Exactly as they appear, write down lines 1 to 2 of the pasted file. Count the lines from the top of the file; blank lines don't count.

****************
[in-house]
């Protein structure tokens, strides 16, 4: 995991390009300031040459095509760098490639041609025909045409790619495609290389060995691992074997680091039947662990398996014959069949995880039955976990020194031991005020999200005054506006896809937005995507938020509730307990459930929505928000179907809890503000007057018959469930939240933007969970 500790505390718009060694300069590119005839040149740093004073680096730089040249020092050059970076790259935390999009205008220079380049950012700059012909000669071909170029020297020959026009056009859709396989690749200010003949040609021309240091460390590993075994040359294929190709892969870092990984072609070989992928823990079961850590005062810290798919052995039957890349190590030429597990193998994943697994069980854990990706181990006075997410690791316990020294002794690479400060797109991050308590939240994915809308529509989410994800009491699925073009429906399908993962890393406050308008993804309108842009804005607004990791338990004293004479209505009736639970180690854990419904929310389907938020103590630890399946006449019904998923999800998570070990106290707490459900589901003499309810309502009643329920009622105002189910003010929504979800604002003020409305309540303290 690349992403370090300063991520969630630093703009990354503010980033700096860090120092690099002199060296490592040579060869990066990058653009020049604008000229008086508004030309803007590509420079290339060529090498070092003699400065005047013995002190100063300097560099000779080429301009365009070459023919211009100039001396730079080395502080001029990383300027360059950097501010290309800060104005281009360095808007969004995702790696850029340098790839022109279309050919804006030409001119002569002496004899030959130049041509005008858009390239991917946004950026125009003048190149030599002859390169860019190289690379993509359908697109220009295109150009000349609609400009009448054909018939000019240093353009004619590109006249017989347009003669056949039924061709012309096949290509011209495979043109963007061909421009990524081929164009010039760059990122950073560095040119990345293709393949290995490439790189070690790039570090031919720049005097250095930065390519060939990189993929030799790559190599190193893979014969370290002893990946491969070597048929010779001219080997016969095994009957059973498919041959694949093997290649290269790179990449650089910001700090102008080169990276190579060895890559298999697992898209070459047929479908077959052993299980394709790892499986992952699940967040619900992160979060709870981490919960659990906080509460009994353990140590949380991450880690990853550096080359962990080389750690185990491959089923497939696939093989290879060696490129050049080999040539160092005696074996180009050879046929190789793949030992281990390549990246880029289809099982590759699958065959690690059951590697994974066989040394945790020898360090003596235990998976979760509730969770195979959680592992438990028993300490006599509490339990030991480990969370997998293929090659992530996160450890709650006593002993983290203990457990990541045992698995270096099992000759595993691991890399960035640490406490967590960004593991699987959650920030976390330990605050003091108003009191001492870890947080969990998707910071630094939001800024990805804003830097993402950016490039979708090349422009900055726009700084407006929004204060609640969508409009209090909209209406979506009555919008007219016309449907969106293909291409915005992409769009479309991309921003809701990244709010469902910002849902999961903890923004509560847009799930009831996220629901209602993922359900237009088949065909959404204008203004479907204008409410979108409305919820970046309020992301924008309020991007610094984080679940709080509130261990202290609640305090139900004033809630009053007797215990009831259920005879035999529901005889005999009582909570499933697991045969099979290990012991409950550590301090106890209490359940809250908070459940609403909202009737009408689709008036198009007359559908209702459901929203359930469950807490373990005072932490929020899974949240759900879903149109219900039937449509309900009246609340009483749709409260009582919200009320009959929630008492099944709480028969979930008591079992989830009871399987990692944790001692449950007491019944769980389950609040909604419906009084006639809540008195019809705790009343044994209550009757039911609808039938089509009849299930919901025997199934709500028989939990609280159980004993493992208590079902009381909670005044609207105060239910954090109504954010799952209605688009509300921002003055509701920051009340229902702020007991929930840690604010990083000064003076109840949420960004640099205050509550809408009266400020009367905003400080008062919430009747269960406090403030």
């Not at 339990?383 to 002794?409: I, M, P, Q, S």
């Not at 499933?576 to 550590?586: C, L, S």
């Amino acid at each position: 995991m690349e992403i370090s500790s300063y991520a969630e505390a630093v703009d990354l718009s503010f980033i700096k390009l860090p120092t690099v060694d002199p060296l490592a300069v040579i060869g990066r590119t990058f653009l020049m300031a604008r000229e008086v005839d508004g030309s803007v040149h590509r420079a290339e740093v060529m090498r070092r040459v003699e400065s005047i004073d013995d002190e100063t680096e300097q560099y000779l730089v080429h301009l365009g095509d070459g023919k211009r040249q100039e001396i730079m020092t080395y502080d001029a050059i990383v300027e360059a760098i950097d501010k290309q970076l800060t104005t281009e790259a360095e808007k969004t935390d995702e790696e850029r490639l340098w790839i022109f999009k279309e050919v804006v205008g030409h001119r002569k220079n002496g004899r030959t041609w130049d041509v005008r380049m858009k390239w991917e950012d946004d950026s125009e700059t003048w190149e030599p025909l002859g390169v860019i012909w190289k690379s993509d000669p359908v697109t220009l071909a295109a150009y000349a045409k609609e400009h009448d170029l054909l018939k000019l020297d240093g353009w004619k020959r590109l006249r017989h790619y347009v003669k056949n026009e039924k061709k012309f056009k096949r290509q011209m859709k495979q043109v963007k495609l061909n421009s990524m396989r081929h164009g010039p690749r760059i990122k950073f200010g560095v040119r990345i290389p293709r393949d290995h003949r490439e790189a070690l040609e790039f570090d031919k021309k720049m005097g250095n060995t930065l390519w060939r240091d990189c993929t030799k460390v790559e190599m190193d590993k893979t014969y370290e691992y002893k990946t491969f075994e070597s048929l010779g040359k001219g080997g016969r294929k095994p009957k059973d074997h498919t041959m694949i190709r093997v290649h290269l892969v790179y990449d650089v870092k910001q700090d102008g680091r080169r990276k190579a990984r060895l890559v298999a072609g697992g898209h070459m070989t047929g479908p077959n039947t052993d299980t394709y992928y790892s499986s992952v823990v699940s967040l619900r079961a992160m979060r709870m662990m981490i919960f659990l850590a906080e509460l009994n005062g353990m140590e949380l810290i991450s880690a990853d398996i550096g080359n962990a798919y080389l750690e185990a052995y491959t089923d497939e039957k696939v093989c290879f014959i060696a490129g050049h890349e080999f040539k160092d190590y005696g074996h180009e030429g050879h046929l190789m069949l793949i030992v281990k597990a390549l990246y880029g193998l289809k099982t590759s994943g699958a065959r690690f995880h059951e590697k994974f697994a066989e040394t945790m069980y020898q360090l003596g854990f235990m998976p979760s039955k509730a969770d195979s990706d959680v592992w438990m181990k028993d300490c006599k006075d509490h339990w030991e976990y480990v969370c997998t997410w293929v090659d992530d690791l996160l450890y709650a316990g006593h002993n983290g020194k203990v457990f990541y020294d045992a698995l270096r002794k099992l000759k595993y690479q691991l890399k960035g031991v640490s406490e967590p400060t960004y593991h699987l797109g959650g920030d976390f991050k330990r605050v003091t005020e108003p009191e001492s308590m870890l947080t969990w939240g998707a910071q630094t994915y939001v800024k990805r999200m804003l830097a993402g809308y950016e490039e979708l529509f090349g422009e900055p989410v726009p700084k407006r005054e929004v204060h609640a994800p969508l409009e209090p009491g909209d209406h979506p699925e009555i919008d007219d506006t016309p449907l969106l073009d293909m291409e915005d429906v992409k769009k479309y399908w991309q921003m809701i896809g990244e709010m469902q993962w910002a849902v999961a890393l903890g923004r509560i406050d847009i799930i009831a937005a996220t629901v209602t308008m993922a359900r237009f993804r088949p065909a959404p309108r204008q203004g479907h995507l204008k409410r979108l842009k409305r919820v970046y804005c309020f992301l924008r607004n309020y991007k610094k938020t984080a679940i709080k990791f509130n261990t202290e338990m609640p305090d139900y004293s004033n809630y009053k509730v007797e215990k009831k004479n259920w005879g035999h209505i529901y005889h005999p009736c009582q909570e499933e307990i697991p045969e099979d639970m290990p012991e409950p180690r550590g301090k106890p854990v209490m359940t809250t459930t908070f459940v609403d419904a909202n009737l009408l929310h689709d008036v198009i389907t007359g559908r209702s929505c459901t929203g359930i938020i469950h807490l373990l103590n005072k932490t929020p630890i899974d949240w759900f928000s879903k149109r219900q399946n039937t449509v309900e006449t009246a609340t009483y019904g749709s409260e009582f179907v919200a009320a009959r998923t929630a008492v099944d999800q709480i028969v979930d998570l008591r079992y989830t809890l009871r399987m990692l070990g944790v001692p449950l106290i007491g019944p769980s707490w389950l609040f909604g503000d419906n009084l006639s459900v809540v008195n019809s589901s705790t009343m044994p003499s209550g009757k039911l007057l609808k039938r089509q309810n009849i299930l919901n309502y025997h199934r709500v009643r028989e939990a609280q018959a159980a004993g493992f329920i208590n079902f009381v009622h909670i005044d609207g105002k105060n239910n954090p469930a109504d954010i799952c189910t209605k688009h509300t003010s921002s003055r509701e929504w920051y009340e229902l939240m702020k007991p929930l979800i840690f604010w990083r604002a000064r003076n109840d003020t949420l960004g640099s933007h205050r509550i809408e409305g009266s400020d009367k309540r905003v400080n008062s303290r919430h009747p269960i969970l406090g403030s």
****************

[in-house]
């Protein structure tokens, strides 16, 4: 995991390009300031040459095509760098490639041609025909045409790619495609290389060995691992074997680091039947662990398996014959069949995880039955976990020194031991005020999200005054506006896809937005995507938020509730307990459930929505928000179907809890503000007057018959469930939240933007969970 500790505390718009060694300069590119005839040149740093004073680096730089040249020092050059970076790259935390999009205008220079380049950012700059012909000669071909170029020297020959026009056009859709396989690749200010003949040609021309240091460390590993075994040359294929190709892969870092990984072609070989992928823990079961850590005062810290798919052995039957890349190590030429597990193998994943697994069980854990990706181990006075997410690791316990020294002794690479400060797109991050308590939240994915809308529509989410994800009491699925073009429906399908993962890393406050308008993804309108842009804005607004990791338990004293004479209505009736639970180690854990419904929310389907938020103590630890399946006449019904998923999800998570070990106290707490459900589901003499309810309502009643329920009622105002189910003010929504979800604002003020409305309540303290 690349992403370090300063991520969630630093703009990354503010980033700096860090120092690099002199060296490592040579060869990066990058653009020049604008000229008086508004030309803007590509420079290339060529090498070092003699400065005047013995002190100063300097560099000779080429301009365009070459023919211009100039001396730079080395502080001029990383300027360059950097501010290309800060104005281009360095808007969004995702790696850029340098790839022109279309050919804006030409001119002569002496004899030959130049041509005008858009390239991917946004950026125009003048190149030599002859390169860019190289690379993509359908697109220009295109150009000349609609400009009448054909018939000019240093353009004619590109006249017989347009003669056949039924061709012309096949290509011209495979043109963007061909421009990524081929164009010039760059990122950073560095040119990345293709393949290995490439790189070690790039570090031919720049005097250095930065390519060939990189993929030799790559190599190193893979014969370290002893990946491969070597048929010779001219080997016969095994009957059973498919041959694949093997290649290269790179990449650089910001700090102008080169990276190579060895890559298999697992898209070459047929479908077959052993299980394709790892499986992952699940967040619900992160979060709870981490919960659990906080509460009994353990140590949380991450880690990853550096080359962990080389750690185990491959089923497939696939093989290879060696490129050049080999040539160092005696074996180009050879046929190789793949030992281990390549990246880029289809099982590759699958065959690690059951590697994974066989040394945790020898360090003596235990998976979760509730969770195979959680592992438990028993300490006599509490339990030991480990969370997998293929090659992530996160450890709650006593002993983290203990457990990541045992698995270096099992000759595993691991890399960035640490406490967590960004593991699987959650920030976390330990605050003091108003009191001492870890947080969990998707910071630094939001800024990805804003830097993402950016490039979708090349422009900055726009700084407006929004204060609640969508409009209090909209209406979506009555919008007219016309449907969106293909291409915005992409769009479309991309921003809701990244709010469902910002849902999961903890923004509560847009799930009831996220629901209602993922359900237009088949065909959404204008203004479907204008409410979108409305919820970046309020992301924008309020991007610094984080679940709080509130261990202290609640305090139900004033809630009053007797215990009831259920005879035999529901005889005999009582909570499933697991045969099979290990012991409950550590301090106890209490359940809250908070459940609403909202009737009408689709008036198009007359559908209702459901929203359930469950807490373990005072932490929020899974949240759900879903149109219900039937449509309900009246609340009483749709409260009582919200009320009959929630008492099944709480028969979930008591079992989830009871399987990692944790001692449950007491019944769980389950609040909604419906009084006639809540008195019809705790009343044994209550009757039911609808039938089509009849299930919901025997199934709500028989939990609280159980004993493992208590079902009381909670005044609207105060239910954090109504954010799952209605688009509300921002003055509701920051009340229902702020007991929930840690604010990083000064003076109840949420960004640099205050509550809408009266400020009367905003400080008062919430009747269960406090403030």